This is further evidence that our house is likely an older construction than we initially thought! Our street was dominated by fisherman and labourers, but also several carpenters and shoemakers. Note the many families living together, often sharing the same line of work.

Check out this great advertisement included in the 1870-71 Directory:

The 1894-97 Directory for Newfoundland can be found here. This guide is especially useful because the Great Fire of 1892 displaced many residents and businesses; this volume reflects some of the changed locations. Our street was largely spared in the Great Fire, partially evidenced through the unchanging civic addresses from the 1870 volume to this volume. Also, there are notes about afflicted businesses moving to our street directly after the fire.

The 1894-97 Directory lists a new occupant of our house: John Grace, a labourer. Oooh!

The 1898 Directory for Newfoundland is available here. John Grace is now “time keeper”

It’s interesting to see some of the other new and changing professions of residents on my street, 110 years ago:
Thomas Wilson, engineer, #8
James Culleton, baker, 12
Henry Moore, bicycle repairer, 14
Deni Coffee, pensioner of H.M. Service, 30
John Coffee, plumber, 30
Thomas Collingwood, accountant, 48
William Collingwood, storekeeper, 48
William Fitzgerald, storekeeper, 49
Michael Cahill, labourer, 50
Peter Cahill, wheelwright, 50
George Button, car man, 54
Daniel Curtin, clerk, 56
Mary Devereaux, widow, 81
John Geary, cooper, 95
Robert Duff, clerk, 107

The 1904-05 Directory for Newfoundland can be found here. Some interesting occupations of residents of our street include:
Philip Hanely painter, 5
Alexander Forward, Engineer, 6
John Donnelly, sea capitain, 14
Charles Gear, H.M.C., 24
Francis Knight, H.M.C., 26
John Martin sail maker, 28
Miss Mary Martin, clerk, 28
George Hennebury cooper, 30
Maurice Hallern, carpenter, 46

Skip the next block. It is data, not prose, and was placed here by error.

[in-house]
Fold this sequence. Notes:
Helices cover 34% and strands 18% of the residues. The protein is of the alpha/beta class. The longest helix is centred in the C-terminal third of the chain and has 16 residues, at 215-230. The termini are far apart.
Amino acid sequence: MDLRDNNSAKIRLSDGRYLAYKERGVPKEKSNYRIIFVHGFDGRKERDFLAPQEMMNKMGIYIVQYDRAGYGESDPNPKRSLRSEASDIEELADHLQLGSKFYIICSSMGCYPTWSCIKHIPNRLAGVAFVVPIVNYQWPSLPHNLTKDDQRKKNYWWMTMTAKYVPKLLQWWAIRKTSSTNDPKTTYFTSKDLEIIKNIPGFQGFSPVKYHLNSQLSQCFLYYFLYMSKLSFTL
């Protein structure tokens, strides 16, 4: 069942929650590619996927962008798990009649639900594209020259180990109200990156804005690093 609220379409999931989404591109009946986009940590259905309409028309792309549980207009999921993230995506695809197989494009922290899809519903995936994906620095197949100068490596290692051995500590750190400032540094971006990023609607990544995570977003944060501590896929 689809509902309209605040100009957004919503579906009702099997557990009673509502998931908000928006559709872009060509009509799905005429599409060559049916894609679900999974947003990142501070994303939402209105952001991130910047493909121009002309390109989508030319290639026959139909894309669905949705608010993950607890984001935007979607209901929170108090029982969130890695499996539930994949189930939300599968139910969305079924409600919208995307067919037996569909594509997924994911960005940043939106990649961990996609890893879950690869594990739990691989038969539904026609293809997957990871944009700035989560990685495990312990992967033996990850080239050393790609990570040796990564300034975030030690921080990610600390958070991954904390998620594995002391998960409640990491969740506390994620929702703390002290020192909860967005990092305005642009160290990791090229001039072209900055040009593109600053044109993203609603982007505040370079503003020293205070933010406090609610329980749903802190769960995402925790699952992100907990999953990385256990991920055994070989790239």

David Kinsella, miner and prospector , 50
Catherine Coffee, grocer, 52
Miss Annie English Prop. Terra Nova Hand Laundry (w/ ad), 75
Mr. Cahill, wheelwright, 77
John French, teacher, 81
William March, joiner, 83
John Grace, storekeeper City Works, 85
Joh Hillyard teacher, 107

Pretty cool: in 1904, John Grace was still living in our house: he had upgraded from his 1885 occupation as city time keeper, to storekeeper for City Works.

I love this ad for Terra Nova Hand Laundry, on our street:

The 1908-09 Directory for Newfoundland can be found here. It seems that Mr. John Grace is still the occupant of our house, but he’s now a Sanitary Department watchman!

Lastly, the 1915 city Directory for St. John’s is available here. John Grace is not listed in the directory, and two new residents appear to be living in our house:

Mr. Power:

…and Mr. Green:

Another great ad for a store on our street

If the McAlpine Directories help you to flesh out the story of your house, leave a comment!

*The earlier Hutchinson’s Newfoundland Directory for 1864-65 is available here. This directory is much more business oriented than the later McAlpine Directories, and far fewer individuals are counted in its survey. Nevertheless, it is a good resource for historic research.

2 Comments

Filed under Newfoundland+Labrador, St. John's, We Love Local

Summer Foraging

After an incredible summer of sun and heat, we’ve been further rewarded with a bumper crop of berries in the Cove! Before the berries came the wildflowers:

A patch of heather at the cottage

To dry heather: cut stems, tie in bunches of 3-4. Place bunches in 1/4 inch of water, let evaporate. I’ll take an ‘after’ shot when we visit the cottage this weekend.

After: the 1/4″ of water had evaporated, and the colour was as vibrant as ever!

The raspberries were plump and plentiful, first emerging at the beginning of the month

The Chuckley Pears are almost as big as grapes! They’re known as Saskatoon berries throughout Canada, and service berries in the USA

Chuckley Pear crisp

These red currants will make their way into some muffins

Coastal blueberry patch behind the cottage: first blueberries of the season!

Wearing my blueberry picking camouflage

This past weekend, I picked 2 gallons of blueberries with J’s mom in the ‘secret’ spot.

Blueberries topped with Acadian Maple infused whipped cream

2 Comments

Filed under Food, Newfoundland+Labrador

More Seaside Slacking

As we continue to have the warmest, sunniest summer on record in Newfoundland, J and I have banished any notion of home reno progress in favour of weekend slacking at the cottage. The first round of recreational cod fishing runs from July 21 to August 12, and we’re lucky to have family willing to share their catch!

5am sunrise in the Cove; boats are already in the water, baiting the lines.

Watching the traffic from the deck

Gorgeous day on the water!

Two filets for us; thanks, cousin Barry!

Classic pan fried cod

Walking to the Cove Beach

She was alternating between ocean and sand immersion

Swimming off the rocks behind the house

We named the beach Starfish Beach because we always find so many there!

Thanks to Ardis at Rustic Retrievals for this lovely potpourri lantern, included in a backyard prize pack she generously sent earlier this month! Check out her shop here.

Leave a comment

Filed under Food, Newfoundland+Labrador